It's all Mad Men really, Jim. I watched that TV prog with fascination recently. I was the same age as character Peggy in the early 1970s, though I wasn't quite so feisty, but I do remember it very well. And I managed somehow to breach the walls to a small extent.

But I never had time or the inclination for the curlers. Too busy.
 
Monica,

I love AMC's Mad Men. Peggy's alright and can be feisty. I don't think of Peggy as feisty as really more determined to succeed and prove that she can do just as good a job as the boys can do. Of course you might not of seen the newer episodes. Peggy starts out as Don Draper's secretary but moves on up because of her ability to Copy Editor at the advertising Firm but has a few problems along the way. I don't want to give it away in though. Her and Pete Campbell have issues. Pete's a bit of a jerk sometimes.

Giant Hair! I remember the eighties version. I don't think any of the ladies in my family really had giant hair in the 60's. No Beehives or what have you. They all had short hair or curly hair from what I can see from photo's. Big fans of Pin Curls from what I can see. Hair like Peggy or Don's Wife Betty not like Joan. Who from what I've seen is the 60's version of my sister.



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Monica: This about says it all. 1977. The TOTAL WOMAN.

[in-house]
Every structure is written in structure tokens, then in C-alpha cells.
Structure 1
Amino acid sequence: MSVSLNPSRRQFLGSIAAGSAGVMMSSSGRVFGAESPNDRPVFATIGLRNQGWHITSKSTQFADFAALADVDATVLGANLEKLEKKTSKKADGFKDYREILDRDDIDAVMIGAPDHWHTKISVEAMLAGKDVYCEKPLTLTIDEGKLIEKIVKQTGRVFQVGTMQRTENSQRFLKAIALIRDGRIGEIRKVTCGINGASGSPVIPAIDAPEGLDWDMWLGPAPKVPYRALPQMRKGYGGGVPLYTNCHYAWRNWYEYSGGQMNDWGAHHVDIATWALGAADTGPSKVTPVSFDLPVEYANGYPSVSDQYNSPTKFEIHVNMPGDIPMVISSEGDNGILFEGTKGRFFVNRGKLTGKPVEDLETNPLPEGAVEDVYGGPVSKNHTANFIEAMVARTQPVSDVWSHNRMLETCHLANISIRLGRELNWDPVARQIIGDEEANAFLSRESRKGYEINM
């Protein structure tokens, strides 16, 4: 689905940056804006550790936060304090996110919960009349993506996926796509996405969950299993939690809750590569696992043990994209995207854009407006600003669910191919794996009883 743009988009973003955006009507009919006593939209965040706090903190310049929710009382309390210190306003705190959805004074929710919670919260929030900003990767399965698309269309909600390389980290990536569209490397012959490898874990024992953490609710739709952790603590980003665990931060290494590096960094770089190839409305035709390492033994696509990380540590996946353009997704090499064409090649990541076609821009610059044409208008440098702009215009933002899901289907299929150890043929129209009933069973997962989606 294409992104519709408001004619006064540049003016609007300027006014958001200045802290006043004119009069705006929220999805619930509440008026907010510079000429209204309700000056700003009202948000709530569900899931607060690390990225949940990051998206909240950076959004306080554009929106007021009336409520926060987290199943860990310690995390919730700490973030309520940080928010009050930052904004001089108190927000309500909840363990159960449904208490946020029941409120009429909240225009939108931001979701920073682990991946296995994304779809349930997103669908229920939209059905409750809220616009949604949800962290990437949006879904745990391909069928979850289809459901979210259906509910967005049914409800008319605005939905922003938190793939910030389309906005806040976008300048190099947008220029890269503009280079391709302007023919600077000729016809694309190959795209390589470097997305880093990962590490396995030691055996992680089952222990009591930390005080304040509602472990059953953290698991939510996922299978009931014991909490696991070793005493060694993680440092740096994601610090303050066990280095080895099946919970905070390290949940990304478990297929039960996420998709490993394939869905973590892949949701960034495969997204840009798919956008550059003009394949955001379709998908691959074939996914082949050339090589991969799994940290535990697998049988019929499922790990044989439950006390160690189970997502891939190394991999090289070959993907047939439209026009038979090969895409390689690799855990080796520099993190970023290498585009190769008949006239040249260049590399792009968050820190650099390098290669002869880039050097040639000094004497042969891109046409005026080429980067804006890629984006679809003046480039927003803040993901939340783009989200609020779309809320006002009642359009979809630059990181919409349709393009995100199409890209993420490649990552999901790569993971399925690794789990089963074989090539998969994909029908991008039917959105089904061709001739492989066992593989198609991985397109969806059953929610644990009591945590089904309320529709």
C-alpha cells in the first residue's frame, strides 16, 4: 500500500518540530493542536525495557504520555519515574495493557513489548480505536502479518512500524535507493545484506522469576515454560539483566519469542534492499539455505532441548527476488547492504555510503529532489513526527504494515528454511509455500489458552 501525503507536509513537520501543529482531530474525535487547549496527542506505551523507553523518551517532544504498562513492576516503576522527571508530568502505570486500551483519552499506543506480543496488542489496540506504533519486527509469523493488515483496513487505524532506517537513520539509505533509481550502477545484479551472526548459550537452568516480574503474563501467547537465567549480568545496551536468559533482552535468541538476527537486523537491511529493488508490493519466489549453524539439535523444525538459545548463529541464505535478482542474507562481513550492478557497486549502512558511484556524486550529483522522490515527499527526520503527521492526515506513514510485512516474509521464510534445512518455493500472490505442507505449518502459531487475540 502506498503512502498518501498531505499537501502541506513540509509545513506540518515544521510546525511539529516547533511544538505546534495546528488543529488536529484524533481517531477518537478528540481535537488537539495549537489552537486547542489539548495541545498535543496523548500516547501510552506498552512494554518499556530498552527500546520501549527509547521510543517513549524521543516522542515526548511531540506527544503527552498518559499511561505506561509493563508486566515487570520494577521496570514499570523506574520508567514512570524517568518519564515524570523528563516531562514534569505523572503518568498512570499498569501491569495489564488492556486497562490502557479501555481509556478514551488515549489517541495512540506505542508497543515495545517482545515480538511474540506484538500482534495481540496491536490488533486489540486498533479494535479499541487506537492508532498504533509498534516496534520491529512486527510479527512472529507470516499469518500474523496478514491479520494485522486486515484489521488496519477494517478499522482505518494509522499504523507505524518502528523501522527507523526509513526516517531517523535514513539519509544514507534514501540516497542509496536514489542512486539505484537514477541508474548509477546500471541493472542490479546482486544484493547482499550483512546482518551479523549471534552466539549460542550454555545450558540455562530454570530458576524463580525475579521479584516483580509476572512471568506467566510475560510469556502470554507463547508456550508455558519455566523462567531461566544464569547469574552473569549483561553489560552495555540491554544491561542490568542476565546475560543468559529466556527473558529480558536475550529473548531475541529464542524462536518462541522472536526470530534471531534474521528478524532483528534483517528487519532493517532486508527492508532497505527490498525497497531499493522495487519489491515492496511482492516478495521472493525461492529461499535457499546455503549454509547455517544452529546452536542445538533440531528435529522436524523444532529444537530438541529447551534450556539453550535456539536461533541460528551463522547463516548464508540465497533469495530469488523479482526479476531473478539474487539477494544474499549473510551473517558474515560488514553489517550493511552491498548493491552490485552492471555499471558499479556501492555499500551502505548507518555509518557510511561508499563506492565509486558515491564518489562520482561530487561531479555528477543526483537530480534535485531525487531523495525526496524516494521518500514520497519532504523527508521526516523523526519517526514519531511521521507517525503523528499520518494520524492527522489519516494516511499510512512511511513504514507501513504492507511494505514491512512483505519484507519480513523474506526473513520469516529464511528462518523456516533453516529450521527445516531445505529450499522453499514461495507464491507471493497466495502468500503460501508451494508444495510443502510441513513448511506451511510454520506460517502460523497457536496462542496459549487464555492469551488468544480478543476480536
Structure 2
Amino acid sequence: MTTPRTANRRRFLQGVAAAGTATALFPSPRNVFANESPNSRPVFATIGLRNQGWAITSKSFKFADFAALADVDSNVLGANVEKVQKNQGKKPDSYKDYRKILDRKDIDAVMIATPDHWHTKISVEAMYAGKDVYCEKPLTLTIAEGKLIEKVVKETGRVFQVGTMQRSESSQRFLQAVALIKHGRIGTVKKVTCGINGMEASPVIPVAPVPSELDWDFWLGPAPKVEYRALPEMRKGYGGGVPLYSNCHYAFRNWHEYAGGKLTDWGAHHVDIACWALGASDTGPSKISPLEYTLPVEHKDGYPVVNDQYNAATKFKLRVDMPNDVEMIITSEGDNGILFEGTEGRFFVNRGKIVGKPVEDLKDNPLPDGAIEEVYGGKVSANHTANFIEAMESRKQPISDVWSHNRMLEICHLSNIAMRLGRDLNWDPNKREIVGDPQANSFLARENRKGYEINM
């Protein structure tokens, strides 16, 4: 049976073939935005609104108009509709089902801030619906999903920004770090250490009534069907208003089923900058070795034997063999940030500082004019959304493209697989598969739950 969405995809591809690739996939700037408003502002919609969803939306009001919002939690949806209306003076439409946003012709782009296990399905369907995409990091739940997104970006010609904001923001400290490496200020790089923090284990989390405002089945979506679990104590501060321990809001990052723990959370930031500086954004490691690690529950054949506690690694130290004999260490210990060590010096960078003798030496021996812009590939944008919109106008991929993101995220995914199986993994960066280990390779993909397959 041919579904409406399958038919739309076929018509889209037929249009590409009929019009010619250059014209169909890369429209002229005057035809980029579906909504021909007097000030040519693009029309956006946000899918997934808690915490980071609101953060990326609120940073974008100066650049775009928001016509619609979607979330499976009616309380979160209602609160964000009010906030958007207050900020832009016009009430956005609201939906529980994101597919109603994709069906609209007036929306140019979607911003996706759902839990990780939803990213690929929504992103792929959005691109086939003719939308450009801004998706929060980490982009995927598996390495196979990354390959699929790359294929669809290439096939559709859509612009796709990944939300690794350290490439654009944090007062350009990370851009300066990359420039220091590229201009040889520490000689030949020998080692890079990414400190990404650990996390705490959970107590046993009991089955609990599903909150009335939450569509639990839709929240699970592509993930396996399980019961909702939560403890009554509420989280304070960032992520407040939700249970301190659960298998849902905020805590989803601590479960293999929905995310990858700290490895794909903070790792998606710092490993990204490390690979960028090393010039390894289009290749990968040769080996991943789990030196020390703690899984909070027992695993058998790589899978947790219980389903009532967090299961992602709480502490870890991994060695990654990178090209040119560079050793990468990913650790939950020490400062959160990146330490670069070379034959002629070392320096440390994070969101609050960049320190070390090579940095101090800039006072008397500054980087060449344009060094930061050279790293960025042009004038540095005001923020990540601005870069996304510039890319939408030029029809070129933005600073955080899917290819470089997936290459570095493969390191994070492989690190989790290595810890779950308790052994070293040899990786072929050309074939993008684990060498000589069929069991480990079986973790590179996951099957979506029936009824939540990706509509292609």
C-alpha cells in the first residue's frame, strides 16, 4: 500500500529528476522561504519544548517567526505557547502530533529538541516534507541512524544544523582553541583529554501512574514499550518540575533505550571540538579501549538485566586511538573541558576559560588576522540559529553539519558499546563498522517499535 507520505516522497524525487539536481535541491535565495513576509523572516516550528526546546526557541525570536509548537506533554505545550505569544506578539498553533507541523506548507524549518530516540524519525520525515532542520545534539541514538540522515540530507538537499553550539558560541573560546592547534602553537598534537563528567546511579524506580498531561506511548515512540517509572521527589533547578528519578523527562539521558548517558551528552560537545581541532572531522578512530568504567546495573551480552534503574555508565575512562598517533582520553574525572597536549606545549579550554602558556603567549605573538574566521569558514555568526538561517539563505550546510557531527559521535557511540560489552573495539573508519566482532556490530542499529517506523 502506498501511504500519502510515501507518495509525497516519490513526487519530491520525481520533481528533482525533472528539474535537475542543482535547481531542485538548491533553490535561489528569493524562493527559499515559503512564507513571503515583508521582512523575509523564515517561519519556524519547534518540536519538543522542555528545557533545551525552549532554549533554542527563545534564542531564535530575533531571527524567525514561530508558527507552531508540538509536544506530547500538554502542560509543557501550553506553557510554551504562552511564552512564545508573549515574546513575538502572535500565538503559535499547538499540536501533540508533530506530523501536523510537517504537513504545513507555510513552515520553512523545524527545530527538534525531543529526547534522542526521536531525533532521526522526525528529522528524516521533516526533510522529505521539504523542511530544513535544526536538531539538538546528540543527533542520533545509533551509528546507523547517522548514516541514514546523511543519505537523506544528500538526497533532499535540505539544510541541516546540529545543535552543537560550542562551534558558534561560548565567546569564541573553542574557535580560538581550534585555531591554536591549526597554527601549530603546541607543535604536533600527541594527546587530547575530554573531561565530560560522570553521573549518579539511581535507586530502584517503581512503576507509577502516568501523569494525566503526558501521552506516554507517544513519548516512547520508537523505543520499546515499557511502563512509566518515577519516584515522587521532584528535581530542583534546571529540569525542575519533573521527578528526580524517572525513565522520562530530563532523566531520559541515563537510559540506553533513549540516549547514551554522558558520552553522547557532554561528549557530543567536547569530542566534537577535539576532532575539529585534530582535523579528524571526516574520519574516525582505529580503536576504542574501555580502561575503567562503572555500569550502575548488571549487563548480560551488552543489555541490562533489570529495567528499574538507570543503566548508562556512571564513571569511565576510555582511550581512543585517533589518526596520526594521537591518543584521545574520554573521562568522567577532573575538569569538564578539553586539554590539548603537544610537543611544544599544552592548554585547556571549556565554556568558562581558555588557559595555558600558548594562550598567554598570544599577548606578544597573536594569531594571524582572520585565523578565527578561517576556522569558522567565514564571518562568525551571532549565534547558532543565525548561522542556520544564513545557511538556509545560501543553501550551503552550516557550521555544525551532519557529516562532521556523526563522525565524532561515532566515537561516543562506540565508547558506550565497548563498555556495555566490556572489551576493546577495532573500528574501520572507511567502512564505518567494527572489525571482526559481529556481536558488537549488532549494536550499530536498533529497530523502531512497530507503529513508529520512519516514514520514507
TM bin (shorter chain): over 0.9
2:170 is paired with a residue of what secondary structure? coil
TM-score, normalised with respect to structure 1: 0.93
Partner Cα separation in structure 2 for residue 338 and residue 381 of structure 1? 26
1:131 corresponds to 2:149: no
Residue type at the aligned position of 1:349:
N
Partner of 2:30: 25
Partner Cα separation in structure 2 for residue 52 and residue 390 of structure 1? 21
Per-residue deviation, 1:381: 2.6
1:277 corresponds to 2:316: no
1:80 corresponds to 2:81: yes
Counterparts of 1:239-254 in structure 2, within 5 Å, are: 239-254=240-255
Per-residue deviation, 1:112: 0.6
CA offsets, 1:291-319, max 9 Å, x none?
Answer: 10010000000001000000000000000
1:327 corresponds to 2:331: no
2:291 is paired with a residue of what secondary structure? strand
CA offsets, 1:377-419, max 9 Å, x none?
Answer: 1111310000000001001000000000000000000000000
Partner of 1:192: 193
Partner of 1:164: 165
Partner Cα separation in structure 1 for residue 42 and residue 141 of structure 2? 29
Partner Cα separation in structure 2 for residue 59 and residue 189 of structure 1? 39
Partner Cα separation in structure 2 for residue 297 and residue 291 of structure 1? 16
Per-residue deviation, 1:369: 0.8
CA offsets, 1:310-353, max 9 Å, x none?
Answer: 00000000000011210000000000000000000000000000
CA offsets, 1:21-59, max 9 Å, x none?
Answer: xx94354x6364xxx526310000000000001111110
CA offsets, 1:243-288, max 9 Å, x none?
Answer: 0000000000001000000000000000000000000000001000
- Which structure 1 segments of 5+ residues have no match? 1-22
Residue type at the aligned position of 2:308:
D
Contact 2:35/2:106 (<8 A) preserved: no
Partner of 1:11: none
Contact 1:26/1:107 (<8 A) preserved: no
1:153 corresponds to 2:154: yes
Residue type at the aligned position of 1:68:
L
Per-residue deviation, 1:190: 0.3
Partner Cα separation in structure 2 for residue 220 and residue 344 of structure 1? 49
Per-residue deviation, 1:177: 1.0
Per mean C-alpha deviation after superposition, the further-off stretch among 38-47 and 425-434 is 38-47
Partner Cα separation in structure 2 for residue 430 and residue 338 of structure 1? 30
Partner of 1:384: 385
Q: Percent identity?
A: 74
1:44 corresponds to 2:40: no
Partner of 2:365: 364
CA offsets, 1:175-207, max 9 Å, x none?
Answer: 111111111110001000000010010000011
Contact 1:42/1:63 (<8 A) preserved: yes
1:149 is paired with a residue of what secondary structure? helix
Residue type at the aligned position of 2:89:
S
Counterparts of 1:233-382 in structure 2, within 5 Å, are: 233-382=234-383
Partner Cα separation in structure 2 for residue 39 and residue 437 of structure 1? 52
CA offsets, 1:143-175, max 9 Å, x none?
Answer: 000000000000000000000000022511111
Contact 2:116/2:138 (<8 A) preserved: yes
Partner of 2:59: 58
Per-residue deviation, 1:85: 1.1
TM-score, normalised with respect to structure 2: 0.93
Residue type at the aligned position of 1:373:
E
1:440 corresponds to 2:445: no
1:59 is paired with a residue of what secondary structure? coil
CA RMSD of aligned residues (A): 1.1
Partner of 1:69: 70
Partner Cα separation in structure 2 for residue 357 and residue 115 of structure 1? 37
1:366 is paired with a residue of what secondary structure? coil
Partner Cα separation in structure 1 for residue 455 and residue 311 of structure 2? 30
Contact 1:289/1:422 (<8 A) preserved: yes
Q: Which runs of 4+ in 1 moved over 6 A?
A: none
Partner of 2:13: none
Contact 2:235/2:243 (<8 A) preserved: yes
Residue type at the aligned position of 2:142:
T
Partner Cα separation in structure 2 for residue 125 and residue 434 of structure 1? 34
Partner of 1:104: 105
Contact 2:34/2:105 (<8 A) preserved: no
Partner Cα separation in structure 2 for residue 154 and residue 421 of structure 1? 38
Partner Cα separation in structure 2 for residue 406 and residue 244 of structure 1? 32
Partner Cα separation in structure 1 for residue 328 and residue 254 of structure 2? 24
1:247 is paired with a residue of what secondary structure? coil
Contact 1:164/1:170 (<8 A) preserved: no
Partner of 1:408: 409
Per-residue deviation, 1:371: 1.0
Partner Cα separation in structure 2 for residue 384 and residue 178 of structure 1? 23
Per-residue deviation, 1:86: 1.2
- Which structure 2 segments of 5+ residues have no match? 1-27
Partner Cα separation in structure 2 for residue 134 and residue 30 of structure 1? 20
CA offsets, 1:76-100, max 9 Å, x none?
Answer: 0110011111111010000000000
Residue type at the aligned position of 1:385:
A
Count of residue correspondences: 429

Women, for some reason, detested this from day 1.

At the time, I did not realise that what this jingle boiled down to was:

"I work."
"I cook."
"I have sex with you despite having to work all day and then cook."

A friend of mine laughingly referred to this commercial as she told me:

"When I got married, I told my husband 'you get two out of three. Choose wisely.' "
 
Well, Jim, I can have a guess at what your friend's husband chose after careful reflection about the nature of marriage .. but it may not have been the wisest choice. He should have paid for a housekeeper.

Peggy Lee's original song was, of course, far more pithy and bitter. I never saw that commercial, but I'd have detested it too.

George, Peggy in Mad Men is feisty. Largely because she had ambition and you couldn't show feistiness openly then - but she had it. In spades. Don's poor wife is the real victim, but you are right in that we are a series behind here, so I'll just wait. I actually remember blokes like this in advertising.

Reverting to the topic thread, however, here is my other (paternal) granny.
"Why did you marry granddad, granny?"